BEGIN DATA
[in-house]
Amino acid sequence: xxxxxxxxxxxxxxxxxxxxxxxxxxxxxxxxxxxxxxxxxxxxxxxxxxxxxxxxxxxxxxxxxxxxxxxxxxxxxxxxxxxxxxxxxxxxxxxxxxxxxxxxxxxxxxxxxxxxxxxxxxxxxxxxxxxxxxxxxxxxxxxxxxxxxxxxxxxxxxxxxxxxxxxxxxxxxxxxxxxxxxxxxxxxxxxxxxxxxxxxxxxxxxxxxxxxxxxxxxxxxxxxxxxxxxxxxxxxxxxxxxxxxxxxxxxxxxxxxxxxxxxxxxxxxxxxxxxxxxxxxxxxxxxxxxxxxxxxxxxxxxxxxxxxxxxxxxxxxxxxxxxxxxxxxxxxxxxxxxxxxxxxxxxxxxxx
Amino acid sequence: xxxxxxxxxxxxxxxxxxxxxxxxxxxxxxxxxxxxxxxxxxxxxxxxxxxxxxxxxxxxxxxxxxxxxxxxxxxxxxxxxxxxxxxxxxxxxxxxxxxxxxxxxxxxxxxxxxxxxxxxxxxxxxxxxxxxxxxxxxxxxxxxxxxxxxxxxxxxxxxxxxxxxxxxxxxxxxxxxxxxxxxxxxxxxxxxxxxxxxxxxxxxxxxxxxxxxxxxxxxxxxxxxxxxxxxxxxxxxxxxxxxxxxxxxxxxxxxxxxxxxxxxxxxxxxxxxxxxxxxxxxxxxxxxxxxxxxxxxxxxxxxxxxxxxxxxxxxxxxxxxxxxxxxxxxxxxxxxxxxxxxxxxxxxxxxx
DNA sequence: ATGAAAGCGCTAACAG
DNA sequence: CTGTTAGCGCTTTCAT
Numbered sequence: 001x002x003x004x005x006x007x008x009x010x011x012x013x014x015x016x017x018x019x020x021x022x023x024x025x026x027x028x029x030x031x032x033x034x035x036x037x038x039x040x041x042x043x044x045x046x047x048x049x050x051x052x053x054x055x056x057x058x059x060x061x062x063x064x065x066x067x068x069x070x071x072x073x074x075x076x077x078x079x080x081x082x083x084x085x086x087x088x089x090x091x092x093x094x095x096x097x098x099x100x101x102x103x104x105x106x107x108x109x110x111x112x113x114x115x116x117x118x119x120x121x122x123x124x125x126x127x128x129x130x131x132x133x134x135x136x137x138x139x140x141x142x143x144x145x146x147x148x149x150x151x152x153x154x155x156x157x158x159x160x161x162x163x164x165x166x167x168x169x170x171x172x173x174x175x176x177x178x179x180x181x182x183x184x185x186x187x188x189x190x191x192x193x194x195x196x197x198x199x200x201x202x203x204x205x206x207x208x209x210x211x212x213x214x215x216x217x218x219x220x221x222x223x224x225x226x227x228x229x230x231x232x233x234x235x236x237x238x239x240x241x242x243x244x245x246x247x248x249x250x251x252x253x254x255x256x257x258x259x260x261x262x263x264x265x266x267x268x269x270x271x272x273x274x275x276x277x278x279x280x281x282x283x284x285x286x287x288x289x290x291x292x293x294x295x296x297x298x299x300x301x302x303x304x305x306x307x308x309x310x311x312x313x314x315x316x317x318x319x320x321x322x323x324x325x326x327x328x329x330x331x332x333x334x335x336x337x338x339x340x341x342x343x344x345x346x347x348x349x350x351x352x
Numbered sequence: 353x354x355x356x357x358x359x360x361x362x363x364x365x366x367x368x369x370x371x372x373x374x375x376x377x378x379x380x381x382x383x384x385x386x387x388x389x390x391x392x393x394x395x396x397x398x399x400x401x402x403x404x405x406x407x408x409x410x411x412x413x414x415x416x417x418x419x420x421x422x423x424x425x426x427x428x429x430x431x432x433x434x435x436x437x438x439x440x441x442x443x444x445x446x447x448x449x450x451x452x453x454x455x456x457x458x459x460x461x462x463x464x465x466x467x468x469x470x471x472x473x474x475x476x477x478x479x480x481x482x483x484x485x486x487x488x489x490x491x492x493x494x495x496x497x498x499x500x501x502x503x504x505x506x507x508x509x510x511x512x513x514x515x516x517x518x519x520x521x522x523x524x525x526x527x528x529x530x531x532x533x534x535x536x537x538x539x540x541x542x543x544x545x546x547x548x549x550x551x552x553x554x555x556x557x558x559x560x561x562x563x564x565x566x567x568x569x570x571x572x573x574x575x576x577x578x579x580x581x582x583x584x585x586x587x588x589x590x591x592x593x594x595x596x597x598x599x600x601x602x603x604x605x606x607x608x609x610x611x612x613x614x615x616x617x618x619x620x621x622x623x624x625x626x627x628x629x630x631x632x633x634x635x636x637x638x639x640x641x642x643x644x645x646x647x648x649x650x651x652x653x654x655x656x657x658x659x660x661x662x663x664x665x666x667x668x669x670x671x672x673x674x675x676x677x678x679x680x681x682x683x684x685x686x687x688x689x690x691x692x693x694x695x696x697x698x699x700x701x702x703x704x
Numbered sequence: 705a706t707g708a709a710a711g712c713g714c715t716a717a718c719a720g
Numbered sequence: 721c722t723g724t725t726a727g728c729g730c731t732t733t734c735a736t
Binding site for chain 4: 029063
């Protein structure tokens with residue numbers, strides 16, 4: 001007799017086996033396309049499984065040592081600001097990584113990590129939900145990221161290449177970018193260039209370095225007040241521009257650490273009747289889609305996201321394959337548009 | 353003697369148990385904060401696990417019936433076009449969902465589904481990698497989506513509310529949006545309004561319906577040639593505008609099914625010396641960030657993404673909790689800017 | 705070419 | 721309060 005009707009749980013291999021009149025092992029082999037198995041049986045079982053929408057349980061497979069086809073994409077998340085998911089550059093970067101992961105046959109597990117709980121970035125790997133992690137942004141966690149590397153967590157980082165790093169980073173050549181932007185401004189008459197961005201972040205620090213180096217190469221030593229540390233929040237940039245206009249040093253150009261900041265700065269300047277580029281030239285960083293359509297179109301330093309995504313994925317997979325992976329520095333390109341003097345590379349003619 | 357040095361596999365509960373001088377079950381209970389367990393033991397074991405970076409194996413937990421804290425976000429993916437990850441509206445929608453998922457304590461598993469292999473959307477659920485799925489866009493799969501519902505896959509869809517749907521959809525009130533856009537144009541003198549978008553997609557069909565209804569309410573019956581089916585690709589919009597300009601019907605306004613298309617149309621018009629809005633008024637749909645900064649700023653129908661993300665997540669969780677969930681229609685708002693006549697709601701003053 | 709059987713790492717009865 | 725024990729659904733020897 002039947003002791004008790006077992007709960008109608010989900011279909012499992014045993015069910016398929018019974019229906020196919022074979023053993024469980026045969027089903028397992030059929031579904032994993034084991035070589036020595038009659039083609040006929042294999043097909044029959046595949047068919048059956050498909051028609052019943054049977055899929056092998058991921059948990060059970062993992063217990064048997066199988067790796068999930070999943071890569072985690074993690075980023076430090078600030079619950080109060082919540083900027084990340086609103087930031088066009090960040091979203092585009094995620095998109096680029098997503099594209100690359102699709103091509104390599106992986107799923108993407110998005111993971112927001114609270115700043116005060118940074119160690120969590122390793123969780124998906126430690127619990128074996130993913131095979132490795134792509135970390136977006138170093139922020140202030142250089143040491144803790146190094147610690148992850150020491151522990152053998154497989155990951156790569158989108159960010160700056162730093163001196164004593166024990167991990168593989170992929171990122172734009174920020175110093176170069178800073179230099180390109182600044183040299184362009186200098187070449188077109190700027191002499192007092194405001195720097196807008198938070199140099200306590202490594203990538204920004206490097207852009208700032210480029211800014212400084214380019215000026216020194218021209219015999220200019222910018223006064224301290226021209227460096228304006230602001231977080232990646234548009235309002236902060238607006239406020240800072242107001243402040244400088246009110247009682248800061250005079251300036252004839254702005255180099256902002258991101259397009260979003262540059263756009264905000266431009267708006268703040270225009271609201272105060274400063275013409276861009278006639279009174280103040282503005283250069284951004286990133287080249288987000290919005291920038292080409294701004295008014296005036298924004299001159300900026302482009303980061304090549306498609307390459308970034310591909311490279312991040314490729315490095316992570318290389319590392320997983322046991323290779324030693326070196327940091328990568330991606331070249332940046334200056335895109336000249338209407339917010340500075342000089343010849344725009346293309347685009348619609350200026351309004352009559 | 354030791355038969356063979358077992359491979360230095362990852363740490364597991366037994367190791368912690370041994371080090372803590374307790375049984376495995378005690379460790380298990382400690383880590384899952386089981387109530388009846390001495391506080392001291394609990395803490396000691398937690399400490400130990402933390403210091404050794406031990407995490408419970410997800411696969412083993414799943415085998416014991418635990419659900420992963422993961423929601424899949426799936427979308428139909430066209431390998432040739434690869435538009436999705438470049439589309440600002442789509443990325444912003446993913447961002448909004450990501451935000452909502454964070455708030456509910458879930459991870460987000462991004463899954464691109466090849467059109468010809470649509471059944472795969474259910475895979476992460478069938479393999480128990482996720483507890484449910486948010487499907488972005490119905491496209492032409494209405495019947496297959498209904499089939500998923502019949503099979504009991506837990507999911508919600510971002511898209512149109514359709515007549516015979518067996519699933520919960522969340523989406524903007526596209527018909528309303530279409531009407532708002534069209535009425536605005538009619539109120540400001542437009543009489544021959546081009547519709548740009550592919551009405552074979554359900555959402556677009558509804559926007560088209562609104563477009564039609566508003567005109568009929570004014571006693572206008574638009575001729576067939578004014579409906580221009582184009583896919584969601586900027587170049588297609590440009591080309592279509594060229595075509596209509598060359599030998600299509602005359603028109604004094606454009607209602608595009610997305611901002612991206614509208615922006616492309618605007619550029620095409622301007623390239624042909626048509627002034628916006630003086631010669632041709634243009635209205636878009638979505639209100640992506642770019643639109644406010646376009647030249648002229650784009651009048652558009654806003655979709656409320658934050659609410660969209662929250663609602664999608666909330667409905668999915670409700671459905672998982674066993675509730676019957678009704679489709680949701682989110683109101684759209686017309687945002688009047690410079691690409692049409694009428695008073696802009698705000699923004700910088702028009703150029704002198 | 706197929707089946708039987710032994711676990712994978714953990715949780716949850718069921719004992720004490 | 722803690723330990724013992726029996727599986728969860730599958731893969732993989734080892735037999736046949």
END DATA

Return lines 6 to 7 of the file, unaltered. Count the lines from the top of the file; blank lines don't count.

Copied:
Numbered sequence: 001x002x003x004x005x006x007x008x009x010x011x012x013x014x015x016x017x018x019x020x021x022x023x024x025x026x027x028x029x030x031x032x033x034x035x036x037x038x039x040x041x042x043x044x045x046x047x048x049x050x051x052x053x054x055x056x057x058x059x060x061x062x063x064x065x066x067x068x069x070x071x072x073x074x075x076x077x078x079x080x081x082x083x084x085x086x087x088x089x090x091x092x093x094x095x096x097x098x099x100x101x102x103x104x105x106x107x108x109x110x111x112x113x114x115x116x117x118x119x120x121x122x123x124x125x126x127x128x129x130x131x132x133x134x135x136x137x138x139x140x141x142x143x144x145x146x147x148x149x150x151x152x153x154x155x156x157x158x159x160x161x162x163x164x165x166x167x168x169x170x171x172x173x174x175x176x177x178x179x180x181x182x183x184x185x186x187x188x189x190x191x192x193x194x195x196x197x198x199x200x201x202x203x204x205x206x207x208x209x210x211x212x213x214x215x216x217x218x219x220x221x222x223x224x225x226x227x228x229x230x231x232x233x234x235x236x237x238x239x240x241x242x243x244x245x246x247x248x249x250x251x252x253x254x255x256x257x258x259x260x261x262x263x264x265x266x267x268x269x270x271x272x273x274x275x276x277x278x279x280x281x282x283x284x285x286x287x288x289x290x291x292x293x294x295x296x297x298x299x300x301x302x303x304x305x306x307x308x309x310x311x312x313x314x315x316x317x318x319x320x321x322x323x324x325x326x327x328x329x330x331x332x333x334x335x336x337x338x339x340x341x342x343x344x345x346x347x348x349x350x351x352x
Numbered sequence: 353x354x355x356x357x358x359x360x361x362x363x364x365x366x367x368x369x370x371x372x373x374x375x376x377x378x379x380x381x382x383x384x385x386x387x388x389x390x391x392x393x394x395x396x397x398x399x400x401x402x403x404x405x406x407x408x409x410x411x412x413x414x415x416x417x418x419x420x421x422x423x424x425x426x427x428x429x430x431x432x433x434x435x436x437x438x439x440x441x442x443x444x445x446x447x448x449x450x451x452x453x454x455x456x457x458x459x460x461x462x463x464x465x466x467x468x469x470x471x472x473x474x475x476x477x478x479x480x481x482x483x484x485x486x487x488x489x490x491x492x493x494x495x496x497x498x499x500x501x502x503x504x505x506x507x508x509x510x511x512x513x514x515x516x517x518x519x520x521x522x523x524x525x526x527x528x529x530x531x532x533x534x535x536x537x538x539x540x541x542x543x544x545x546x547x548x549x550x551x552x553x554x555x556x557x558x559x560x561x562x563x564x565x566x567x568x569x570x571x572x573x574x575x576x577x578x579x580x581x582x583x584x585x586x587x588x589x590x591x592x593x594x595x596x597x598x599x600x601x602x603x604x605x606x607x608x609x610x611x612x613x614x615x616x617x618x619x620x621x622x623x624x625x626x627x628x629x630x631x632x633x634x635x636x637x638x639x640x641x642x643x644x645x646x647x648x649x650x651x652x653x654x655x656x657x658x659x660x661x662x663x664x665x666x667x668x669x670x671x672x673x674x675x676x677x678x679x680x681x682x683x684x685x686x687x688x689x690x691x692x693x694x695x696x697x698x699x700x701x702x703x704x